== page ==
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Steadicam Stand


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#1 Dennis Dwyer

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Posted 03 July 2015 - 05:05 PM

I currently own an American stand with the 8" Wheel Set and to be honest I'm not happy at all with the purchase.  The stand, without wheels, has to small of a base to attempt dynamically balancing on and it's almost a requirement to buy their wheels to achieve the wider base.  With the stand and wheels together it weighs a ton and if the terrain does not permit to wheel around the stand.  The stand is a hassle to move around itself.  

 

Basically I'm wondering if their's something similar out there that's lighter weight (Aluminum) and has a larger base where it doesn't require the stand to have wheels.  Any suggestions? 


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#2 Jess Haas SOC

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Posted 03 July 2015 - 06:10 PM

American makes a wider base version. They might be able to modify your current stand. Do you have the single or double riser? I find the single riser without wheels to not be too heavy. Just barely tall enough to be functional without wheels on though.
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#3 RonBaldwin

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Posted 03 July 2015 - 06:13 PM

The wider base is the way to go. You can still adjust the legs to use the wheels. I hate using wheels, beats up the rig...and most door jams
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#4 Dennis Dwyer

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Posted 03 July 2015 - 06:20 PM

I have the single riser and w/o wheels and it's definitely not that heavy, but i'm trying to go aluminum.  Also, with the single riser I feel it's just a little to short for me.  

 

I agree with the wheels.  It beats the rig up and there's just places they're not needed at.  Plus they out price the stand itself! (For the 8" wheels)

 

Still on the hunt for something Aluminum though.


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#5 Robert Starling SOC

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Posted 03 July 2015 - 06:50 PM

Agreed it's a wonky sort of stand set up but it's what I've been using a long time.

 

At one point Inovative had looked at making some very lightweight 8" wheels but I'm not sure where that went.

 

Earlier this week I stopped in at Matthews looking for a stand more suitable for my Ronin setup.  They have a "Runway base" that has low flat legs with smaller wheels.  Two of the legs are longer and one is shorter so you can roll it through a door without the wig-wag pattern.  I'm not sure how much of a PIA is would be too but it's an option I suppose.

 

Robert


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#6 Ants Martin Vahur

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Posted 04 July 2015 - 09:06 AM

Hi!

 

I used American stand with 4'' wheels for 7 years. I was really happy with it, the weight was perfect, I almost never used any sandbags on the stand, for balancing I just asked someone to hold their foot on the opposite leg of a stand. The downsides were, that the riser lock on the stand got old and didn't hold very well anymore. And the hard wheels work only for smooth concrete.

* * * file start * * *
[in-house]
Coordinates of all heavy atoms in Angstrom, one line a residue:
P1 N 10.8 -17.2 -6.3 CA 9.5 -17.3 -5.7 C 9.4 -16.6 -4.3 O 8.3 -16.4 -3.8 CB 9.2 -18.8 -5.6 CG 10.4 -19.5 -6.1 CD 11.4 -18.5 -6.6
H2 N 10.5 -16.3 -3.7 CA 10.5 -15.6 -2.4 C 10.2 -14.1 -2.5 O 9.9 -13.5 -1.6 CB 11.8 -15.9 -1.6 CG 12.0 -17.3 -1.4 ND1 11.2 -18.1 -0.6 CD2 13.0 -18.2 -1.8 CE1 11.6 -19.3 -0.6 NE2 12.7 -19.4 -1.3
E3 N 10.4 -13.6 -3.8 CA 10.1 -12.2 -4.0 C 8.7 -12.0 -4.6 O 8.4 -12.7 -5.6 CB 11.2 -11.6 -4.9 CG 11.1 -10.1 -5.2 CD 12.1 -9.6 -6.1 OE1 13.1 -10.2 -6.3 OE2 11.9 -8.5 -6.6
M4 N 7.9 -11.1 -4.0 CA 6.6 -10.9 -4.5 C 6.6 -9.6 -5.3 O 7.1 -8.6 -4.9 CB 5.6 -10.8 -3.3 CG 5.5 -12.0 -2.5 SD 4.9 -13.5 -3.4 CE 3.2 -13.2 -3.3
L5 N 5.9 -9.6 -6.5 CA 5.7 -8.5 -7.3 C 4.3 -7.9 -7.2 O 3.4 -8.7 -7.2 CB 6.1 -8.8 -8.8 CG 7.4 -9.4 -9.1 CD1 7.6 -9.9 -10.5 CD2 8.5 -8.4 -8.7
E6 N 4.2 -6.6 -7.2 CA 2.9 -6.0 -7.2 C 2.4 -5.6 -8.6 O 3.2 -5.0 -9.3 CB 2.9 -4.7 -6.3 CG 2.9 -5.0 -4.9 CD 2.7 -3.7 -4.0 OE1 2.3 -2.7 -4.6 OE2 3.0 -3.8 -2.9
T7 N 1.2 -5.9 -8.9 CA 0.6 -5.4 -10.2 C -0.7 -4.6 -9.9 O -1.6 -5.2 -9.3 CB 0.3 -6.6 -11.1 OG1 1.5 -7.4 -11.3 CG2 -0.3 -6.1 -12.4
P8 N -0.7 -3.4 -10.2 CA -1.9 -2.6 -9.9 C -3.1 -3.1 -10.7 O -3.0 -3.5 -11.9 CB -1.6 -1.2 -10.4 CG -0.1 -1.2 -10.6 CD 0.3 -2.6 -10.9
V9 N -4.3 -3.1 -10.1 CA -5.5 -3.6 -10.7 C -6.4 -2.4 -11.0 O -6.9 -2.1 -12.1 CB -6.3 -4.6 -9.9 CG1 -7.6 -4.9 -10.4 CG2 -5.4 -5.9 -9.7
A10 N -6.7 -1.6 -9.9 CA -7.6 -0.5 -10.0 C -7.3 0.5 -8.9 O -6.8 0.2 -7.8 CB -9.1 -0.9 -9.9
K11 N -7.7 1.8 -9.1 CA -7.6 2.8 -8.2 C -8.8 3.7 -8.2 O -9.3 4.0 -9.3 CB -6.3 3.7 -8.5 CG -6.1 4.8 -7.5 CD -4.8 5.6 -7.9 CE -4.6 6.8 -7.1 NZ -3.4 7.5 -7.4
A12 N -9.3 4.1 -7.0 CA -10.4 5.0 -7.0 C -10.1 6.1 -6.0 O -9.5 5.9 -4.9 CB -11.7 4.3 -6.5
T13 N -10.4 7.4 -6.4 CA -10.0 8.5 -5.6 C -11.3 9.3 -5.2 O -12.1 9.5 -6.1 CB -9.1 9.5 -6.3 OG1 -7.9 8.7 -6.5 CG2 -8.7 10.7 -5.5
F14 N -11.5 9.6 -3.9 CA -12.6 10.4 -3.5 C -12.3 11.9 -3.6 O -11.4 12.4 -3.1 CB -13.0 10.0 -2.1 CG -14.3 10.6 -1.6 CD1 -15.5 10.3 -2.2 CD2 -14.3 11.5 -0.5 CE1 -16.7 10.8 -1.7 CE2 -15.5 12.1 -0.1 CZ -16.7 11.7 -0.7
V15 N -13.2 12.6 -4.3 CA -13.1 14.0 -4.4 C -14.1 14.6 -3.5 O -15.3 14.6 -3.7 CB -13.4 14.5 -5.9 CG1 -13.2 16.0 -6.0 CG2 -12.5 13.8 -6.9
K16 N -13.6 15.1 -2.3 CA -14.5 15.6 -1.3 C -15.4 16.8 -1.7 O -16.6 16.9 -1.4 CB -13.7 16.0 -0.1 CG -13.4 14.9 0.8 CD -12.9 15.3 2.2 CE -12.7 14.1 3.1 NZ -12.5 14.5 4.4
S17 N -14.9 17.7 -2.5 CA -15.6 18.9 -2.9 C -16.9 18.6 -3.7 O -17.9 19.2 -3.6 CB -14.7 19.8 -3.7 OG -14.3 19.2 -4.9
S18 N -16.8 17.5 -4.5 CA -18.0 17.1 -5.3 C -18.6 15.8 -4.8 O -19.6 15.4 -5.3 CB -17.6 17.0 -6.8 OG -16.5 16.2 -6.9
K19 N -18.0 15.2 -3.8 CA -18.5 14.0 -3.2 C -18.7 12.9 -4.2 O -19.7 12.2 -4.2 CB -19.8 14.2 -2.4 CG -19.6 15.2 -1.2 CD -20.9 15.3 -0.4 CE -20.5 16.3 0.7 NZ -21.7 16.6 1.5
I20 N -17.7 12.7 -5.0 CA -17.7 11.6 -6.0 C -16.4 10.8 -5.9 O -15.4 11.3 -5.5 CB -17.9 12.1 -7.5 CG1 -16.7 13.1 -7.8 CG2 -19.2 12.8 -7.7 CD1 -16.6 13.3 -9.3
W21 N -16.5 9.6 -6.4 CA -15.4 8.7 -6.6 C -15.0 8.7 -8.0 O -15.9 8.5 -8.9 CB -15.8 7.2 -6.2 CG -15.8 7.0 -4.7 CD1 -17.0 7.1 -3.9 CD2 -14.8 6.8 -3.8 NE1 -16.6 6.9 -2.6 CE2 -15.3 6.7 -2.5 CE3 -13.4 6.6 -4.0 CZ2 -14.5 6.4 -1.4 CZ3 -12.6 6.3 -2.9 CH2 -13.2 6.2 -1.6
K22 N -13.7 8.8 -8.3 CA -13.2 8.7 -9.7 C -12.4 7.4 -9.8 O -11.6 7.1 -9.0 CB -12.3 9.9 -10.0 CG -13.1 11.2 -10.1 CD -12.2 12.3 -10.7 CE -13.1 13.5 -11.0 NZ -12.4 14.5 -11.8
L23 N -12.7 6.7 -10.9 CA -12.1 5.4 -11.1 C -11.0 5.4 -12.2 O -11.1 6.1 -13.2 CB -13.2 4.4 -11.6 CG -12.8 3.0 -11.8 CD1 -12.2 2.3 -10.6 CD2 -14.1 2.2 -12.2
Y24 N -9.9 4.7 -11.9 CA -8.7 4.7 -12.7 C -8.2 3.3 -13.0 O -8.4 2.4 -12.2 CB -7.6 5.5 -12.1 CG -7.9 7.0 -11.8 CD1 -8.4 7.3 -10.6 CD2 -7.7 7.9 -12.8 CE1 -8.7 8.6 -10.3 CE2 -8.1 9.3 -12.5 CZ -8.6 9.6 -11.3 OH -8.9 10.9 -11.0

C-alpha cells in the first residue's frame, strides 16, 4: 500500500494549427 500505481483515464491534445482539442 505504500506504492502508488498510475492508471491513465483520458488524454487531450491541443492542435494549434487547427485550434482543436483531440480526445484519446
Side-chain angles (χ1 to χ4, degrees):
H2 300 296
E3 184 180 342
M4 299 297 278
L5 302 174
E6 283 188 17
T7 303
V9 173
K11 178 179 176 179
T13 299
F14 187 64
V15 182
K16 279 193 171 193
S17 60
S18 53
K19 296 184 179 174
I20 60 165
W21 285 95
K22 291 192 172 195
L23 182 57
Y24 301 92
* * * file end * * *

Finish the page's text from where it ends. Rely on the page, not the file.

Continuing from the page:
Few weeks ago I purchased a new American stand with 6'' pneumatic wheels. The wheels are great for outdoors. The quality is not very good though and I'm afraid that the breaks won't last more than year or two. Otherwise I'm really happy with it. It has very good wide base and weight. For narrow indoors I can remove the wheels and have smaller base.

 

I've seen some operators using C-stands, but I'm a bit afraid that they are not very safe, especially outdoors. I always feel that they're gonna fall over.

 

My humble opinion

Ants Martin


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#7 Jess Haas SOC

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Posted 04 July 2015 - 01:32 PM

For me the key is to have multiple stands. The weight of the pneumatic tire stand is what makes it so solid so in situations where it is suitable it is great. I also carry a single riser without wheels for situations where the heavy stand is a liability.I can also dock on my cart.
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#8 Brian Freesh

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Posted 13 July 2015 - 07:50 PM

I have the 2-riser American Stand with 8" pneumatic and I love it.  Not sure I want to know what Ron's doing with it that it beats up the rig. The wheels come off easily when the terrain calls for it and it's plenty stable to set the rig on with the rig over a leg (keep an eye on the ACs as they often ignore this concept), but I'll often get a shot bag just in case. I do find that ACs have trouble accepting that removing the wheels is easy and/or worth the "effort" but once I talk them into it they gladly carry around a sand bag rather than the wheels.

 

And even though i've seen two operators switch from this to an American stand, I have often thought about getting one of these: http://www.bhphotovi...Baby_Stand.html